Digital Photography Tip - Finding Subjects

Finding subjects

Where do you find wildlife to photograph? In true wilderness, there’s usually a terrible amount of walking to find wild animals. Animals which are hunted become extremely wary of man and his machines so will seldom (read never!) let a photographer get close enough for a good, full frame photograph. However, some great photographic opportunities are available at zoos, National Parks and wildlife refuges. Modern zoos create natural looking habitat within well camouflaged barriers and take great care of their animals.

Many fine zoos even have exotic species like lions, tigers, monkeys, gorillas, giraffes and elephants available for you to photograph. Check out your local zoo!

What and Why

This photograph was taken by a Nikon D300 camera through a Nikon AF-S Nikkor 200-400mm 1:4G lens with a Nikon AF-S TC-14EII teleconverter. With the camera set on aperture priority, I selected the largest aperture so the eyes would be in sharp focus but the background would be blurred making the face stand out as well as giving a sense of depth to the image. With ISO-400, the camera chose a shutter speed of 1/3000th of a second, far quicker than actually necessary to stop movement but I wanted the focus to be “tack sharp”. Since the coyotes in this pen were constantly moving, I set the shutter at “Continuous-high” and the focus-mode selector at “continuous” so I could be sure to get many good frames.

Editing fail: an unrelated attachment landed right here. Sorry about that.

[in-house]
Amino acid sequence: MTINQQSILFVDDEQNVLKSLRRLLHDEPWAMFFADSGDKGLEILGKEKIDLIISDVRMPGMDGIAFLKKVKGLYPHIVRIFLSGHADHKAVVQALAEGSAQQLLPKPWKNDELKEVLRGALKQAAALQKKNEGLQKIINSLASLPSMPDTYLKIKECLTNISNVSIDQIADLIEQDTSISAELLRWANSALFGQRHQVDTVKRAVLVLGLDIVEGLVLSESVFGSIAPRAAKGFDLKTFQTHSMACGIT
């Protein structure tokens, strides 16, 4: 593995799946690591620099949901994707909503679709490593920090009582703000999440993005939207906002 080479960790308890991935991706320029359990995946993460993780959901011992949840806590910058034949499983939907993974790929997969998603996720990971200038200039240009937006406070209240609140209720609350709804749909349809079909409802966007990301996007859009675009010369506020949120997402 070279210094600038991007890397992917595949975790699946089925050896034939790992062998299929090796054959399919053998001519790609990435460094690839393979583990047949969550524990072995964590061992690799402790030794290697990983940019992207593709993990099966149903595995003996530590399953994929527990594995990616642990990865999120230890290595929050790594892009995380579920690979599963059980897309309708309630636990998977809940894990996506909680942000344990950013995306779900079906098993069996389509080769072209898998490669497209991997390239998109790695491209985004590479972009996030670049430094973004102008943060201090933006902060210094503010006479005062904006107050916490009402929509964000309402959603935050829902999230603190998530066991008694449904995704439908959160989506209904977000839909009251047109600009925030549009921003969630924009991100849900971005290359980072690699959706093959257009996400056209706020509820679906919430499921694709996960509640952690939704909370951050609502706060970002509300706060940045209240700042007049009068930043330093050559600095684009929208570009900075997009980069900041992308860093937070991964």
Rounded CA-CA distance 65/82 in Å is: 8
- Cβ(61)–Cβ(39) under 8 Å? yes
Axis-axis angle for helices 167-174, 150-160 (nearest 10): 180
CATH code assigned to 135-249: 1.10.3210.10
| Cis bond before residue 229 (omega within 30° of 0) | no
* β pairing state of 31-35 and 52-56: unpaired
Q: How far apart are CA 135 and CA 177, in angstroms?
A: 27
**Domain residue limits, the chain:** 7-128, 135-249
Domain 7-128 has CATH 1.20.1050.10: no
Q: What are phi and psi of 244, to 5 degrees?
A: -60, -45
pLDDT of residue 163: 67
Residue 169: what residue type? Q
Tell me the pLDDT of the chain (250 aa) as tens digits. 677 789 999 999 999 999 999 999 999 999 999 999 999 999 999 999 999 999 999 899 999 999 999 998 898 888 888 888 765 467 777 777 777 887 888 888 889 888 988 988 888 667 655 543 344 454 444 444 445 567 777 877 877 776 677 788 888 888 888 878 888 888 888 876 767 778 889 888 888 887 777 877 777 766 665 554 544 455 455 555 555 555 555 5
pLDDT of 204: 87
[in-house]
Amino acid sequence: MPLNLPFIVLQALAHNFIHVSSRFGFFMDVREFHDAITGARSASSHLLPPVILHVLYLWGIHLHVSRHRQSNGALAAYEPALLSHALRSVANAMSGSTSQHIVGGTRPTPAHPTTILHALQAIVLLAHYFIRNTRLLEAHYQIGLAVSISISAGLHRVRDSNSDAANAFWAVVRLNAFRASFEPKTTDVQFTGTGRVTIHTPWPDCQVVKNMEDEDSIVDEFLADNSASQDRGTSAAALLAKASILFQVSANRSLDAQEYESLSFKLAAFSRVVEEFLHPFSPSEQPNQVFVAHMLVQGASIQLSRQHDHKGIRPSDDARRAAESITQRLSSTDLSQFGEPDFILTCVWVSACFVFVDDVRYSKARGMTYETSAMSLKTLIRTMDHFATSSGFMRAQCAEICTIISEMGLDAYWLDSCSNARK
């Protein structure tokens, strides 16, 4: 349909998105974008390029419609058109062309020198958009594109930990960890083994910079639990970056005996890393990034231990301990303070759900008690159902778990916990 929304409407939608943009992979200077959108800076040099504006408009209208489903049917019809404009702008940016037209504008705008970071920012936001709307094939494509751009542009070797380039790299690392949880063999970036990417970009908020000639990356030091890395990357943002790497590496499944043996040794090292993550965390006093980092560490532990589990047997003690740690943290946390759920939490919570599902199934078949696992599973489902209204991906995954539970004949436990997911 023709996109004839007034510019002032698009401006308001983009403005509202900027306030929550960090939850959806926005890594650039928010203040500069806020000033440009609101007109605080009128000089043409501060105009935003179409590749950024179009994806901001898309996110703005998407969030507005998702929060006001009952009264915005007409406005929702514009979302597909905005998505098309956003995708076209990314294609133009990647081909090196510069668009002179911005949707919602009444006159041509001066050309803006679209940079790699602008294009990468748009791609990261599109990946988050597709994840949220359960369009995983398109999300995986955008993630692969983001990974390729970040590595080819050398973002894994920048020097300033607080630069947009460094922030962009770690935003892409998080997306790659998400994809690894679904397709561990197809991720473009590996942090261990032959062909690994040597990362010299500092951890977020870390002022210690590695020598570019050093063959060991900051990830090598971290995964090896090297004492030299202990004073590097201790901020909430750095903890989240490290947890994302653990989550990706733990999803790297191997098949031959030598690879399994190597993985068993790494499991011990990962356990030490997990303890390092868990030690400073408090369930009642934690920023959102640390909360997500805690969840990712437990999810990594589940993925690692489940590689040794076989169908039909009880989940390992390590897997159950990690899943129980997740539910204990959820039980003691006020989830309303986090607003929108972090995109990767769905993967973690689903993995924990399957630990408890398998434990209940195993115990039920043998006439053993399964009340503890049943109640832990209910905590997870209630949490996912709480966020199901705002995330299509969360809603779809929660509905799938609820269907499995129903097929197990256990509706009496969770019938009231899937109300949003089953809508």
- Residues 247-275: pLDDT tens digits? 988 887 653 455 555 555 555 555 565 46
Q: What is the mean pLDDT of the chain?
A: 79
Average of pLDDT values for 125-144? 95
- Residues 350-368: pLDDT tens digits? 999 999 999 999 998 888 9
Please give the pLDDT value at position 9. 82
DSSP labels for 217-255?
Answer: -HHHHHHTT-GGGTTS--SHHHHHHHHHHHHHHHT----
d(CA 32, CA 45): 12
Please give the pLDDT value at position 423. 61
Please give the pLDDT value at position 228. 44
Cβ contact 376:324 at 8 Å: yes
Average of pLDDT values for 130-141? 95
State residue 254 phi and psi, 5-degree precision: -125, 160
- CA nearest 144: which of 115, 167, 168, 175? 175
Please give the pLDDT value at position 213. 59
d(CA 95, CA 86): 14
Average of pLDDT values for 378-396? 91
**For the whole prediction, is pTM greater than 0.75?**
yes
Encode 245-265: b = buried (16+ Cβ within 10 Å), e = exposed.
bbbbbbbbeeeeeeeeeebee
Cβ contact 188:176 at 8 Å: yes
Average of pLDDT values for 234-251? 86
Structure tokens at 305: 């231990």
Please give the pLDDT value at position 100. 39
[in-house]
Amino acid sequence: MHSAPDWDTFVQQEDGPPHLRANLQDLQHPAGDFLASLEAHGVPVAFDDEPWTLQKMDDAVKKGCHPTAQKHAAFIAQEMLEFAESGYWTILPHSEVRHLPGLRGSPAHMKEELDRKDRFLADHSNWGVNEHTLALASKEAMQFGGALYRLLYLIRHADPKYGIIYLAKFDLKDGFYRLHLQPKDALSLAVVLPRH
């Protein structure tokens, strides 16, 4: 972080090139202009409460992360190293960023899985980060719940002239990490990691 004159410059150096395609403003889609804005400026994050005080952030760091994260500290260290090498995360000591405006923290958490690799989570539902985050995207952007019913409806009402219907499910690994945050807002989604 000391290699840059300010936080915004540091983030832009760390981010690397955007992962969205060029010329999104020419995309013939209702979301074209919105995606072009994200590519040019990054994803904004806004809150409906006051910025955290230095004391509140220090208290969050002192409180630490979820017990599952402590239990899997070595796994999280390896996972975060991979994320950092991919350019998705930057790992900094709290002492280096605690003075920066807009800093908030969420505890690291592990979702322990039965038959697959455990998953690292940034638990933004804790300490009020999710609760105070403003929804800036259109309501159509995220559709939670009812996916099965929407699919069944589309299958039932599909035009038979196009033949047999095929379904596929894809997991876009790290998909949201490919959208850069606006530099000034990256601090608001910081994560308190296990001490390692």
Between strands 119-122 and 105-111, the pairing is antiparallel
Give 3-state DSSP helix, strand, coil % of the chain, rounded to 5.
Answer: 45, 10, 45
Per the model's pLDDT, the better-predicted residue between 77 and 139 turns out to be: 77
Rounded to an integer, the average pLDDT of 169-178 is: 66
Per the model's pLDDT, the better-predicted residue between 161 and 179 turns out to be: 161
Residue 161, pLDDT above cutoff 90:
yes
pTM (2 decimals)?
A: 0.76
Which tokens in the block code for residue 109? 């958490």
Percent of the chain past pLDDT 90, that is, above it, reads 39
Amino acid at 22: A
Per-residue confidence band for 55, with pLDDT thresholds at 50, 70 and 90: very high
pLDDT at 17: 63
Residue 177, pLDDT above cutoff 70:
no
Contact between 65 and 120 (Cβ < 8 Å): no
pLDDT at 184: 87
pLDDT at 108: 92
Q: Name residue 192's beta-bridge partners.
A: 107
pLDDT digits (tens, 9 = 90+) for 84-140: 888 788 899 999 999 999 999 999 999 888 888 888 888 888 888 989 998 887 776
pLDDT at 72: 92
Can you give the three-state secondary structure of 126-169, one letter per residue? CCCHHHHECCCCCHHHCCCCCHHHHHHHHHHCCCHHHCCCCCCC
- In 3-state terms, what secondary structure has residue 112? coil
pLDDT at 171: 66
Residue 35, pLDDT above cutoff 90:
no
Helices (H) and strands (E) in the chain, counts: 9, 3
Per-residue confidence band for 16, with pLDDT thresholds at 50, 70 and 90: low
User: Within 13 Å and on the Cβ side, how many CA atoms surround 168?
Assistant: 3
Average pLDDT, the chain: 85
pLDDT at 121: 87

PS:  Always focus on the eyes!  People look at eyes first, so if they’re out of focus nothing else will count.

More Articles by: Steve Guymon, Outdoor Digital Photographer:
Digital Photography Tip: Depth of Field
Digital Photography Tip: Crop for Impact
Digital Photography Tip: Polarizing Filter
Digital Photography Tip: Can’t Stress this Enough Look Around
Digital Photography Tip: Look Around
Digital Photography Tip: Shoot Many Images
Digital Photography Tip: Be Ready



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